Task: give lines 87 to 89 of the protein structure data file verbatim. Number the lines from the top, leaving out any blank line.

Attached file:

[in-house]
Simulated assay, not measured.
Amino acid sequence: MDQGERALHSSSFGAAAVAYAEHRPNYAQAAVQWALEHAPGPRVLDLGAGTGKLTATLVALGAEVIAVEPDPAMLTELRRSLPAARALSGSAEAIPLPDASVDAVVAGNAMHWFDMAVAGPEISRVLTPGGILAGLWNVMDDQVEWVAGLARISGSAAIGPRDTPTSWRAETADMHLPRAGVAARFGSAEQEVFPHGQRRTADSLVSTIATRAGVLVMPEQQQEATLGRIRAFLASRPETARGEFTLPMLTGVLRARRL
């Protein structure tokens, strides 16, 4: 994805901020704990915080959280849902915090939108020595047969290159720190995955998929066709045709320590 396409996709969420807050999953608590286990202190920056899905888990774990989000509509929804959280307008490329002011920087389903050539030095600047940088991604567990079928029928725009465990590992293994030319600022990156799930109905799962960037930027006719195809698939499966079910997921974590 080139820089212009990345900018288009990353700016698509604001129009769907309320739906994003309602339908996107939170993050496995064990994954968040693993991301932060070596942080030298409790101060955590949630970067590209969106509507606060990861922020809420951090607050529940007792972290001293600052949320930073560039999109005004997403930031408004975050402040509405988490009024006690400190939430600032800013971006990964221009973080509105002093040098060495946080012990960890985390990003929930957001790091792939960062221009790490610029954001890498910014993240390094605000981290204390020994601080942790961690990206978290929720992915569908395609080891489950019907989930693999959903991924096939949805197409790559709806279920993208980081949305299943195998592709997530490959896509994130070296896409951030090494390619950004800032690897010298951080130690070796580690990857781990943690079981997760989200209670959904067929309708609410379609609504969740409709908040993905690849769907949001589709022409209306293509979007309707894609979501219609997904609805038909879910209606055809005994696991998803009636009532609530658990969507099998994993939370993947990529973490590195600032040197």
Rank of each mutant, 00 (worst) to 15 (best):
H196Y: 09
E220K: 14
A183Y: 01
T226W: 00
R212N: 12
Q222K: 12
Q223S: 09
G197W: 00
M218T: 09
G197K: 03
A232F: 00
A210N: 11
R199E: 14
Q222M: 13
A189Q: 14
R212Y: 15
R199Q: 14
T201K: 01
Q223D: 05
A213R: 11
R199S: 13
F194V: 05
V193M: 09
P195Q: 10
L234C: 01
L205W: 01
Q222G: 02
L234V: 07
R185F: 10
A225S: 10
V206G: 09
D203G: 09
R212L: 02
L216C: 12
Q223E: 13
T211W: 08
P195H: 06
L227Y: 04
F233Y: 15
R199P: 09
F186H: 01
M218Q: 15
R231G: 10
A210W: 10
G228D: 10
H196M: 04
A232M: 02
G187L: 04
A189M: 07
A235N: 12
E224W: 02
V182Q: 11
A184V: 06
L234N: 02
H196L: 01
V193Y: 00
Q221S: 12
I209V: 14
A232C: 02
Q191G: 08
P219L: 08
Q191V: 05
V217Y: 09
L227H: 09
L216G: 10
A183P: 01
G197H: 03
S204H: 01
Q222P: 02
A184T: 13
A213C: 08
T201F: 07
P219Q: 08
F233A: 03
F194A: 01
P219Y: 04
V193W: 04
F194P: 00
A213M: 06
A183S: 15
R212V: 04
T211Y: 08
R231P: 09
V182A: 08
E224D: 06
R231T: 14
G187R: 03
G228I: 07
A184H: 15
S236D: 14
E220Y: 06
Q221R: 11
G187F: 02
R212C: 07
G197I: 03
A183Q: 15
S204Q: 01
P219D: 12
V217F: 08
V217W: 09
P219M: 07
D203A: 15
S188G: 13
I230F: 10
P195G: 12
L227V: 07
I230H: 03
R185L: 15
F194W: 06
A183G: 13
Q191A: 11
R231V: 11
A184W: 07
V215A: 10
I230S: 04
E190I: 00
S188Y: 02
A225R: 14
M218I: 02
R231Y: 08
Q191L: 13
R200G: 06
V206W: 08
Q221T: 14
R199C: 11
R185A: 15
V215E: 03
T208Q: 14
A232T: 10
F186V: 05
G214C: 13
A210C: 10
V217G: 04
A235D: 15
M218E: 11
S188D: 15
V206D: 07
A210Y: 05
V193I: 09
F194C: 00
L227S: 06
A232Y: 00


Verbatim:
T211Y: 08
R231P: 09
V182A: 08